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An excellent exercise for young artists.

Painting "primary" color blocks is an excellent exercise for debunking color misperceptions. I learned the technique from reading Lois Griffel's Painting the Impressionist Landscape.(I highly recommend this excellent book, and no,Ms. Griffel doesn't give me kickbacks for saying that.)I've modified the process to suite my learning style and limited palette preferences. I had to work from a photo, since our light is pretty fleeting at the moment and it's a little cold outside. It's always best to do this from life, but working from a good photo is a nice bridge to working from life.

So! First thing's first: setting up the palette. I always set my palette the same way. I wouldn't be able to play the piano if my keys we're always moving around. The same goes for painting. I need to know where my colors are without having to constantly look down at my palette. Keep in mind, that I'm always changing which pigments I use depending on my subject. For color block studies, I like to use the most saturated versatile pigments I can lay my knife on. My choice in pigments lies somewhere between a split primary palette and a secondary palette. Why settle when you can have the best of both worlds? (Alas, another subject for another post) Since the lighting is so warm on this set-up, I've chosen not to use lemon yellow, which I tend to reach for if I want a true full spectrum light effect.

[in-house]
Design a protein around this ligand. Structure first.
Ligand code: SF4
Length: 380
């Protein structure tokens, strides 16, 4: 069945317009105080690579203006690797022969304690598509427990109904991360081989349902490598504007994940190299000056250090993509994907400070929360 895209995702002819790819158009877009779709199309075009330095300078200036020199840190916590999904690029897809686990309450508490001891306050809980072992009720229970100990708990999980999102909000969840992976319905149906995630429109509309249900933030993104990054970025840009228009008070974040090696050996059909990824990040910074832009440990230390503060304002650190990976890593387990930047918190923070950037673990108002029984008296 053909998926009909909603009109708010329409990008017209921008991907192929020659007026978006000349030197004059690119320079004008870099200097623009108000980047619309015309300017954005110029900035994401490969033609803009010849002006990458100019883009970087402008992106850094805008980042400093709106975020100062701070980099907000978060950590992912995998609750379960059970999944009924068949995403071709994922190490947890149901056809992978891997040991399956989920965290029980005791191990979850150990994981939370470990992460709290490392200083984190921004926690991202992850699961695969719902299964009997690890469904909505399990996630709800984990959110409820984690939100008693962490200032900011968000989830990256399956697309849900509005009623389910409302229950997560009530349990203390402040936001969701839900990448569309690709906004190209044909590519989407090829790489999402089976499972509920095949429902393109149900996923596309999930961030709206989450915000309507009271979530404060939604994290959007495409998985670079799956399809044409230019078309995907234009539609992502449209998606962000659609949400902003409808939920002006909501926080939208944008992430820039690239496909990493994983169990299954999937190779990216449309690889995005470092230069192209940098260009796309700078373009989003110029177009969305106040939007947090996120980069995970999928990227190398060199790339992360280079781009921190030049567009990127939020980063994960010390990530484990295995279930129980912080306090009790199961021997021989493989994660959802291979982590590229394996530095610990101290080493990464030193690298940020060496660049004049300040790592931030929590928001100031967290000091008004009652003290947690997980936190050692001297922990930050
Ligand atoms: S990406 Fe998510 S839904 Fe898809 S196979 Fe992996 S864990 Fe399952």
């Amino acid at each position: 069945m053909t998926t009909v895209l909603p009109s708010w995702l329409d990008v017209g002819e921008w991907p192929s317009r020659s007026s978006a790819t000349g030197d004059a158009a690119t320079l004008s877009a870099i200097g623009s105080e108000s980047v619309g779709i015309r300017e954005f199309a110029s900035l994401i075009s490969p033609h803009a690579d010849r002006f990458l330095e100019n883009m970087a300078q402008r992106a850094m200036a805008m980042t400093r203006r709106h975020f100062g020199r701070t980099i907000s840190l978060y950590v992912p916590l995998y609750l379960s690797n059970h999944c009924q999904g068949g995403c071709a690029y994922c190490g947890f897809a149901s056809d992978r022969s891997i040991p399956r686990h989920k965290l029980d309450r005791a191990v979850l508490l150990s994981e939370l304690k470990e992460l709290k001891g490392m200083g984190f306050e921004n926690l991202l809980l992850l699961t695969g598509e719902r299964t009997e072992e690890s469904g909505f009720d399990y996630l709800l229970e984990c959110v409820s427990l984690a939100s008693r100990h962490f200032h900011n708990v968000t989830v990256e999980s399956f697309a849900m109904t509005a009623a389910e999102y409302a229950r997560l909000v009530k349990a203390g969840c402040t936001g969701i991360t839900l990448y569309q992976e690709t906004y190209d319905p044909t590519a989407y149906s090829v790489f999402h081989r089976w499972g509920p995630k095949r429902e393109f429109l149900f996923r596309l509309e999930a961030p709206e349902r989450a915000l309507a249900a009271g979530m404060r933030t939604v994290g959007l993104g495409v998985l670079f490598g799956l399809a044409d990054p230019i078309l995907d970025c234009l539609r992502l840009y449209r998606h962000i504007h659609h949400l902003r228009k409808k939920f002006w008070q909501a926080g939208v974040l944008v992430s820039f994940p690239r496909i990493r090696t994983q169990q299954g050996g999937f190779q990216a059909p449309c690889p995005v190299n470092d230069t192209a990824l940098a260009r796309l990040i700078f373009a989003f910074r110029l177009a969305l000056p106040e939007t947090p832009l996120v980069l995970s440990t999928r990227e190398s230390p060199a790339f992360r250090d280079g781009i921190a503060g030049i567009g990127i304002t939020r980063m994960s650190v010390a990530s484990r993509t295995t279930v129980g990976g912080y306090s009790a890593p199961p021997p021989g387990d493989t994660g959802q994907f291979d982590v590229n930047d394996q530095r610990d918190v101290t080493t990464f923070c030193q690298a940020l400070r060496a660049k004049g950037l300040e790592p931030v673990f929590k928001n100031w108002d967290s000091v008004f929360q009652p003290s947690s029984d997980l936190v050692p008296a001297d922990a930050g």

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Using a medium with the stronger colors can really help keep them under control. Since magenta, phthalo blue, and green are already transparent, the medium also helps enhance their light effect without deadening the colors with white. I add a little medium to the magenta, and a little more to both blue and green.

Already my colors are looking more luminous.Time to start mixing! I start by pushing over some of my lightest color (yellow) in between it and it's adjacent color (light red), then add the light red into my pile of yellow. It's VERY important to put a healthy amount of paint on your palette, (again, a subject for another post), but please trust me on this one.

I continue to work clockwise on my palette mixing the darker color into the lighter adjacent color as follows: magenta into the red, phthalo blue into the magenta, phthalo blue into the phthalo green and finally phthalo green into the yellow.

Next I make piles in between my new mixtures and the original colors. Again, I put the darker color into the lighter one. I move a bit of my yellow to the right of my main yellow pile and mix some of the orange mixture into it to make a yellow orangeits hue needs to be somewhere between cad yellow and cad yellow deep for you artists out there.

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Posted in Health and Medical Post Date 10/31/2017


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